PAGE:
One of the amusing things that happens at my new position as a priest at All Saints Church is that people like to quiz me on whether I know their name yet. They cover their name tag if they’re wearing one and say, “Do you know my name?”
This is due to my “portfolio” at church, heading up our Congregational Development and Welcome initiatives. Part of my job is to help church members feel connected to one another and God, to help them find the kind of community that characters in the old TV show “Cheers” had. Bar patrons yelled their names when they came in the door. Church members figure that learning names is a major part of being connected. Granted, a church is not a bar or a sorority, but it is a place where people hope that they will be known and loved.
I enjoy the game, as it has always been my practice to learn the names of people as quickly as possible. When I taught English at a community college, I made it my goal to learn students’ names by the second class meeting, and they too had fun with quizzing me, cheering my success at remembering and laughing if I couldn’t remember.
What I learned from that experience and from this new environment on the lawn at All Saints is that learning people’s names is all about learning their stories. When I taught English, I used a first-day ice breaker of having each student offer some interesting and unique detail about herself or himself: It was anything from “I cannot stand long hair” (neither can I!) to “I have fourteen siblings” to “I was born in Ukraine.”
Whatever the interesting detail, I was far more likely to remember their names by their story than by their visible physical characteristics. So, for example, trying to remember Amanda’s name because she has curly red hair was not as effective as remembering Amanda’s name because she could speak four languages.
The same thing is happening at my church: I remember people if I know a little bit of their story. “That’s right!” I’ll say the second time I see them. “You grew up in New York but came to LA for law school!”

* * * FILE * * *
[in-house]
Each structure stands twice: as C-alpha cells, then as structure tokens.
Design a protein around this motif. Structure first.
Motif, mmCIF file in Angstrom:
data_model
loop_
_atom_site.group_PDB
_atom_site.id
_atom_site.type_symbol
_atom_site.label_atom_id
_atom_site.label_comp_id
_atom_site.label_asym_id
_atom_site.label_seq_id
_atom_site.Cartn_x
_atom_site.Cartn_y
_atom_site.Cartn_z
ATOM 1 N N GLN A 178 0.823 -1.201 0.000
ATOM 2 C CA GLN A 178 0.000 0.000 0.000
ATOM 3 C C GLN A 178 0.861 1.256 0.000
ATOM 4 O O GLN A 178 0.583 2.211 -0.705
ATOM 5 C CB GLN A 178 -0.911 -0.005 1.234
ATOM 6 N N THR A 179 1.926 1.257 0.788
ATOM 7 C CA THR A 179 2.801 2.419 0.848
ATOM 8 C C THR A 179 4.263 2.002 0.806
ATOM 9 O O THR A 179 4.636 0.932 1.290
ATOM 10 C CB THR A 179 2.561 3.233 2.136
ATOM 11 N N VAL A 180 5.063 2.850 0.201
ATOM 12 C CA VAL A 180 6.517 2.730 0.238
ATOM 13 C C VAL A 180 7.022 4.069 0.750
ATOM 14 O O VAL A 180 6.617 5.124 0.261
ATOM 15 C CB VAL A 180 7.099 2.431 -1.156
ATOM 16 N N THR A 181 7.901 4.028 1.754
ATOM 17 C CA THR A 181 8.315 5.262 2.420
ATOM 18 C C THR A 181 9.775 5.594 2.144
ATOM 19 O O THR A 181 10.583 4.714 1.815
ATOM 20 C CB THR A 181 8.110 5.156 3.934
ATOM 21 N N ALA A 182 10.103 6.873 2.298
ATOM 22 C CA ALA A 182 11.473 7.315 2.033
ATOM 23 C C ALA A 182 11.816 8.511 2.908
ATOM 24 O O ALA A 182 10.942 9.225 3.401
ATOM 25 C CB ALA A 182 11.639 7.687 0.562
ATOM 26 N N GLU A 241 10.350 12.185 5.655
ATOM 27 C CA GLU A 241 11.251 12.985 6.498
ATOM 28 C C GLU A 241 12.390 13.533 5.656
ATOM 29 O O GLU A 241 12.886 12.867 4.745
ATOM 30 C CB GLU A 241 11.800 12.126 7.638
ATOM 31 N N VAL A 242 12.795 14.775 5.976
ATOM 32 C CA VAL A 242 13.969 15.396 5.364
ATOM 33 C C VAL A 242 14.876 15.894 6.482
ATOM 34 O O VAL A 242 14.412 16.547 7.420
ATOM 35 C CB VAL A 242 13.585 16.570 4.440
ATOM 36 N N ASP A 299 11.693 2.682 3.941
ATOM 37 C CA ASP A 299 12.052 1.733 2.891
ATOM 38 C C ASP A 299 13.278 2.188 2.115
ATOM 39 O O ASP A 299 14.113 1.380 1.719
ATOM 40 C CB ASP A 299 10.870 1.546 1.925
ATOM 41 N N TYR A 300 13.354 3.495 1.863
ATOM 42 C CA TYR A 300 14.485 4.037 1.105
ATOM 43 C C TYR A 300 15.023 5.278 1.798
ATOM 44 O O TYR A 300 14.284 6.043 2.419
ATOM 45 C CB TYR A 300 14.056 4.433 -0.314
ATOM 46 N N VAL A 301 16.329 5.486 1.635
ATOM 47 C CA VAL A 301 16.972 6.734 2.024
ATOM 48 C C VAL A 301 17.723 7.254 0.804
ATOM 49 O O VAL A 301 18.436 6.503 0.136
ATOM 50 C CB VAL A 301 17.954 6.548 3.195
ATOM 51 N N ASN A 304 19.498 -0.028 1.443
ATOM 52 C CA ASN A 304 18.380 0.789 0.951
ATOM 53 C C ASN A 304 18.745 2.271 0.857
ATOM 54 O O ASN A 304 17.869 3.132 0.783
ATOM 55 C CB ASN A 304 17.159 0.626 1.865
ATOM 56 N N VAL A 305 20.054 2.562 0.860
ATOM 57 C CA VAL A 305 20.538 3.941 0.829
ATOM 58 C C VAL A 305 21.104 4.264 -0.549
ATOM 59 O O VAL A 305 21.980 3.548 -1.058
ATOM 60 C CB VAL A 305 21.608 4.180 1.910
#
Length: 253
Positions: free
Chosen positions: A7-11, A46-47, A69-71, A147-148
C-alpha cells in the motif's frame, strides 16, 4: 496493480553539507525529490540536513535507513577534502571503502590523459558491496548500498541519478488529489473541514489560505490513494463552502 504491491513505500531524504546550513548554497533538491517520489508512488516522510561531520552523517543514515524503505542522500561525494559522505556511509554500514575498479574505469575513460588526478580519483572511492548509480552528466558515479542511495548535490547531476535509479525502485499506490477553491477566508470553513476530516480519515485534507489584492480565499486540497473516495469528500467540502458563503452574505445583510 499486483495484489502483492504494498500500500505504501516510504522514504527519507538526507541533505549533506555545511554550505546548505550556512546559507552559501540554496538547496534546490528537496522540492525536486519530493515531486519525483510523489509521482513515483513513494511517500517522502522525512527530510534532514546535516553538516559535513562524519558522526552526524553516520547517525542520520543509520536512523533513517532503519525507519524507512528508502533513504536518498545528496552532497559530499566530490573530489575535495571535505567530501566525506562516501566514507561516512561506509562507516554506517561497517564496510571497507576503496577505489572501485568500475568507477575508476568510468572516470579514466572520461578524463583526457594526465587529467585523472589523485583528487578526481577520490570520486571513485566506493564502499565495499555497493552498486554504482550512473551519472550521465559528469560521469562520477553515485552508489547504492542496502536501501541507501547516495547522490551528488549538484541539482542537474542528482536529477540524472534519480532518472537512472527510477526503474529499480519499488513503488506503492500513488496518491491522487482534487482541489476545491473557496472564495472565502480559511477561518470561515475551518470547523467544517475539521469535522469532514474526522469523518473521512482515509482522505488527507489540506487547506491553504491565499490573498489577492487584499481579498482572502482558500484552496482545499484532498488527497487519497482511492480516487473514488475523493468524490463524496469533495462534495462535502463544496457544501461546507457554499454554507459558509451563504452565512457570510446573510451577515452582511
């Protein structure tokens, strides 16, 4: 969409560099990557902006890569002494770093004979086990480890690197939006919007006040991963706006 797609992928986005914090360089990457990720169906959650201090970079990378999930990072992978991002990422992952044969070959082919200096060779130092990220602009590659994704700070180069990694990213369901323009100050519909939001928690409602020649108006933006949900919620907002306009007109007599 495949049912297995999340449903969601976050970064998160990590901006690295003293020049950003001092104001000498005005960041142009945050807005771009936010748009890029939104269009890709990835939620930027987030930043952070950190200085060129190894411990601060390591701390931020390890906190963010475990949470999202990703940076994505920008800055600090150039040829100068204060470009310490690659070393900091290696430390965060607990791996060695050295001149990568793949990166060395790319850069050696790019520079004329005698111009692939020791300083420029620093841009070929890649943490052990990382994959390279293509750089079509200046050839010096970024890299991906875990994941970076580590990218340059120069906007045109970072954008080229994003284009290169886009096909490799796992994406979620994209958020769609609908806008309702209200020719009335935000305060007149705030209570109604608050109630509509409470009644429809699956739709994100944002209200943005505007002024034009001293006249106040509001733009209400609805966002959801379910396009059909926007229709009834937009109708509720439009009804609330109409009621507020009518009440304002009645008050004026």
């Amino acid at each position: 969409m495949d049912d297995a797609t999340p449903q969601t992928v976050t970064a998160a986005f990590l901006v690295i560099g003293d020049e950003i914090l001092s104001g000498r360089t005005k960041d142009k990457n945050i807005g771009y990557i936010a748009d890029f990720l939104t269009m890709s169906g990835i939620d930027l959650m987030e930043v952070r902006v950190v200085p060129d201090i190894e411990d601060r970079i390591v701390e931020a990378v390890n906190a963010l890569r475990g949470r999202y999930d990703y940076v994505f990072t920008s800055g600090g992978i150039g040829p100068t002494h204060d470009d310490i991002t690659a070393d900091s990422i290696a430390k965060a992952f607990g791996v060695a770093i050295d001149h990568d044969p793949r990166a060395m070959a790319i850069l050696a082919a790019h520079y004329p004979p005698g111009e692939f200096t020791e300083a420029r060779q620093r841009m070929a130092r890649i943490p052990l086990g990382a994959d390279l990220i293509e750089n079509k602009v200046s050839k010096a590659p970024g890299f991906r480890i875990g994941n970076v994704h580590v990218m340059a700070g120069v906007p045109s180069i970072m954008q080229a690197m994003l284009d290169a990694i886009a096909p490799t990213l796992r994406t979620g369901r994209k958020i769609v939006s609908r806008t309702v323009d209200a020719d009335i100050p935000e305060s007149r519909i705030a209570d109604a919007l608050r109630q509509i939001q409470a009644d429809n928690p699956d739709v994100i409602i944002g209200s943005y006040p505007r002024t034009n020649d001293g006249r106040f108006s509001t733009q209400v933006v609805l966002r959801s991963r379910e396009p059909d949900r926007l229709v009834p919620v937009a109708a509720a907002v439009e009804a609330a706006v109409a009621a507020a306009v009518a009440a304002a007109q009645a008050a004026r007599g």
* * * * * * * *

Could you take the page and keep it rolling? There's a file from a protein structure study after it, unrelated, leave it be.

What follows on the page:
People sometimes react to this as a mental achievement, but I experience it as a spiritual practice, based on Isaiah 43:1: “I have called you by name; you are mine.” There is something about having our names known that makes us feel more known. And we feel even more known when people know some of our stories because these stories shape our contours as surely as our bone structure and weight do. I won’t remember that you’re 5’10” with a large jaw and big feet; I will definitely remember that you are a Vietnam veteran or that you only get to see your kids in the summer. When I relate to a fellow church member or a student, it’s a richer relationship because I know something, even if it’s just a few details, about the whole person, and that makes our encounters more spiritual–more knowing in the way that God knows us–from the very beginning.
The more we let people know our own stories and how they have shaped our contours, and the more we ask people about their stories, the more we can establish that Godly connection with one another. I find it fascinating that God knows me better than I know myself, and occasionally I have a brief and slightly discomfiting realization that other people might know me better than I know myself. It never bothers me that God knows me better than I know myself; in fact, I find spiritual comfort in that. So why would it bother me to realize that someone else knows me better than I know myself? I can only conclude that it makes us feel vulnerable if people really know us, as if the information will be used against us.
That is why I consider it a spiritual practice to get to know others’ names and stories and to reveal some of my stories to others: it breaks down those barriers of protection and ego and false self that keep us separate from one another–those barriers that keep us from finding community and that Godly connection between us.